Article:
A list of English Idioms to get your English Understanding up to Speed!

This is a list of notable idioms in the English language from wikipedia. The link to the wikipedia page is here.

Visit Wiktionary’s Category for over eight thousand idioms.

Notable Idioms In English

IDIOM SOURCE DEFINITION/TRANSLATION NOTES

“A bitter pill“ [1] A situation or information that is unpleasant but must be accepted.

“A dime a dozen“ [2] Anything that is common, inexpensive, and easy to get or available any where.

“Ace in the hole“ [3] A hidden or secret strength, or unrevealed advantage.

“Achilles’ heel“ [4] A metaphor for a fatal weakness in spite of overall strength.

“Actions speak louder than words“ People’s intentions can be judged better by what they do than what they say.

“Add insult to injury“ [5] To further a loss with mockery or indignity; to worsen an unfavorable situation.

“All ears“ [6] Listening intently; fully focused or awaiting an explanation.

“All thumbs“ [7] Clumsy, awkward.

“An arm and a leg” Very expensive or costly. A large amount of money.

“Apple of discord“ [8] Anything causing trouble, discord, or jealousy.

“At the drop of a hat“ Without any hesitation; instantly.

“Back to the drawing board” When an attempt fails, and its time to start planning all over again.

“Ball is in your court” It is up to you to make the next decision or step.

“Barking up the wrong tree“ [9] Looking in the wrong place. [note 1]

“Basket case“ One made powerless or ineffective, as by nerves, panic, or stress. [note 2]

“Beat around the bush“ To treat a topic, but omit its main points, often intentionally or to delay or avoid talking about something difficult or unpleasant.

“Best of both worlds” A situation wherein someone has the privilege of enjoying two different opportunities.

“Bite off more than one can chew“ To take on more responsibility than one can manage.

“Bite the bullet“ To endure a painful or unpleasant situation that is unavoidable.

“Bite the dust“ Euphemism for dying or death.

“Break a leg“ [10] A saying from the theatre that means “good luck”.

“Burn the midnight oil“ [11] To work late into the night, alluding to the time before electric lighting. [note 3]

“Bust one’s chops“ [12] To say things intended to harass. [note 4]

“By the seat of one’s pants“ [13] To achieve through instinct or do something without advance preparation.

“By the skin of one’s teeth“ [14] Narrowly; barely. Usually used in regard to a narrow escape from a disaster. [note 5]

“Call it a day“ [15] To declare the end of a task. [note 6]

Cat nap A nap.

“Champ at the bit“ or “Chomp at the bit“ [16] To show impatience or frustration when delayed.

“Chew the fat“ To chat idly or generally waste time talking.

“Chink in one’s armor“ [17] An area of vulnerability [note 7]

“Clam up“ To become silent; to stop talking.

“Cold shoulder“ [18] To display aloofness and disdain.

“Couch potato“ [19] A lazy person.

“Cut a rug“ To dance

“Cut the cheese“ To fart.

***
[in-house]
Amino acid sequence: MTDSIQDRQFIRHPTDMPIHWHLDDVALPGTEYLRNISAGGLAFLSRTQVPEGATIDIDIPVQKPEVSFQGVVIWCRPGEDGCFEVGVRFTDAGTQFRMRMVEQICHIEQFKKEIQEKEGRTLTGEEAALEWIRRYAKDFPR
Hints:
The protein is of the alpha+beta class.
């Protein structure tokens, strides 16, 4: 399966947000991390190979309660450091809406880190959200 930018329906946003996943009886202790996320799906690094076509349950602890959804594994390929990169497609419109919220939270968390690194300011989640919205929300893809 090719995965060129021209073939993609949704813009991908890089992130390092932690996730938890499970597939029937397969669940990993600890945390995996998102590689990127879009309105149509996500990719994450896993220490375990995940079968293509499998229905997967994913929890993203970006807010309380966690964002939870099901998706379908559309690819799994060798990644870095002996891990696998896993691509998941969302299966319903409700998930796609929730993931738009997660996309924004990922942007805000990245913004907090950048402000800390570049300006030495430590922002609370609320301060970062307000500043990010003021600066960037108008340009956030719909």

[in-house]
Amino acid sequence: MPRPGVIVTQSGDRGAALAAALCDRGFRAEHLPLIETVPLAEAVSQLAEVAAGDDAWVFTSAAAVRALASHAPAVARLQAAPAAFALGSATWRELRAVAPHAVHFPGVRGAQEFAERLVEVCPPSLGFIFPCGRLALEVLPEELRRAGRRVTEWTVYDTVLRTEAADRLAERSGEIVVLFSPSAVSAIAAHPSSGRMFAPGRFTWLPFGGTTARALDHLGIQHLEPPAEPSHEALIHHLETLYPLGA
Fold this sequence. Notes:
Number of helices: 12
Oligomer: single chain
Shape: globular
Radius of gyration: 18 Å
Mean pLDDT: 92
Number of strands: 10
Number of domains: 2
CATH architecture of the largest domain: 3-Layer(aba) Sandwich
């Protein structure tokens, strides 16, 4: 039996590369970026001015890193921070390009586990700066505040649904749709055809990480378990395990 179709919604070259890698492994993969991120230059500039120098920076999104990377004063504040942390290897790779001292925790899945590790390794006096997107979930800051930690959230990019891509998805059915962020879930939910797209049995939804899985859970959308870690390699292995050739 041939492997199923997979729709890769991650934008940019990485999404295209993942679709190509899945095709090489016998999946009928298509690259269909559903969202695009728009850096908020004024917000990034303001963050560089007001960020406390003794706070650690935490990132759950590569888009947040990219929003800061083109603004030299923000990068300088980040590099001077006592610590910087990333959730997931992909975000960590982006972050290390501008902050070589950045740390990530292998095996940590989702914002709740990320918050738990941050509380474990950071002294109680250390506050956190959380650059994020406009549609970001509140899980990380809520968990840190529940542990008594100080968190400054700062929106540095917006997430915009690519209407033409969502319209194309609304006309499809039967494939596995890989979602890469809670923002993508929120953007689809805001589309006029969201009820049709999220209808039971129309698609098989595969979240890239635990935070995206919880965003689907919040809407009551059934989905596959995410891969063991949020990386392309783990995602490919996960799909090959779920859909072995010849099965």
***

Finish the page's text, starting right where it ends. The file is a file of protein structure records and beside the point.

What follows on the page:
“Cut the mustard“ [20] To perform well; to meet expectations.

“Don’t have a cow “ [21] Don’t overreact.

“Drop a dime “ Make a telephone call; to be an informant.

“Fit as a fiddle“ [22] In good physical health.

“For a song“ Almost free. Very cheap.

“From A to Z“ Covering a complete range; comprehensively.

“From scratch / to make from scratch“ Make from original ingredients; start from the beginning with no prior preparation

“Get bent out of shape“ To take offense; to get worked up, aggravated, or annoyed

“Have a blast” [23] To have a good time or to enjoy oneself.

“Have eyes in the back of one’s head “ Someone can perceive things and events that are outside of their field of vision.

“Hit the road “ To leave.

“Hit the sack “/sheets/hay [24] To go to bed to sleep.

“Let the cat out of the bag “ To reveal a secret.

“Kick the bucket“ [25] Euphemism for dying or death.

No horse in this race No vested interest in the outcome of a particular contest or debate

“Off one’s trolley” or“Off one’s rocker” [26] Crazy, demented, out of one’s mind, in a confused or befuddled state of mind, senile. [note 8]

“Off the hook“ [27] To escape a situation of responsibility, obligation, or (less frequently) danger.

“Pop one’s clogs“ (UK) Euphemism for dying or death.

“Piece of cake “ A job, task or other activity that is pleasant – or, by extension, easy or simple.

“Pull somebody’s leg“ To tease or to joke by telling a lie.

“Pushing up daisies“ Euphemism for dying or death.

“Put the cat among the pigeons“ [28] To create a disturbance and cause trouble.

“Right as rain” [29] Needed, appropriate, essential, or hoped-for and has come to mean perfect, well, absolutely right. [note 9]

“Screw the pooch“ To screw up; to fail in dramatic and ignominious fashion.

“Shoot the breeze“ To chat idly or generally waste time talking.

“Sleep with the fishes“ Euphemism for dying or death. [note 10]

“Spill the beans“ Reveal someone’s secret.

“Split the whistle“ To arrive just on time.

“Take the biscuit“ (UK) To be particularly bad, objectionable, or egregious.

“Take the cake“ (US) To be especially good or outstanding.

“Through thick and thin“ In both good and bad times.

“Thumb one’s nose“ To express scorn or to disregard.

“Tie one on“ To get drunk.

“Trip the light fantastic“ To dance

“Under the weather“ [30] Feel sick or poorly

“Whole nine yards” Everything. All of it.

“You can say that again“ That is very true; expression of wholehearted agreement

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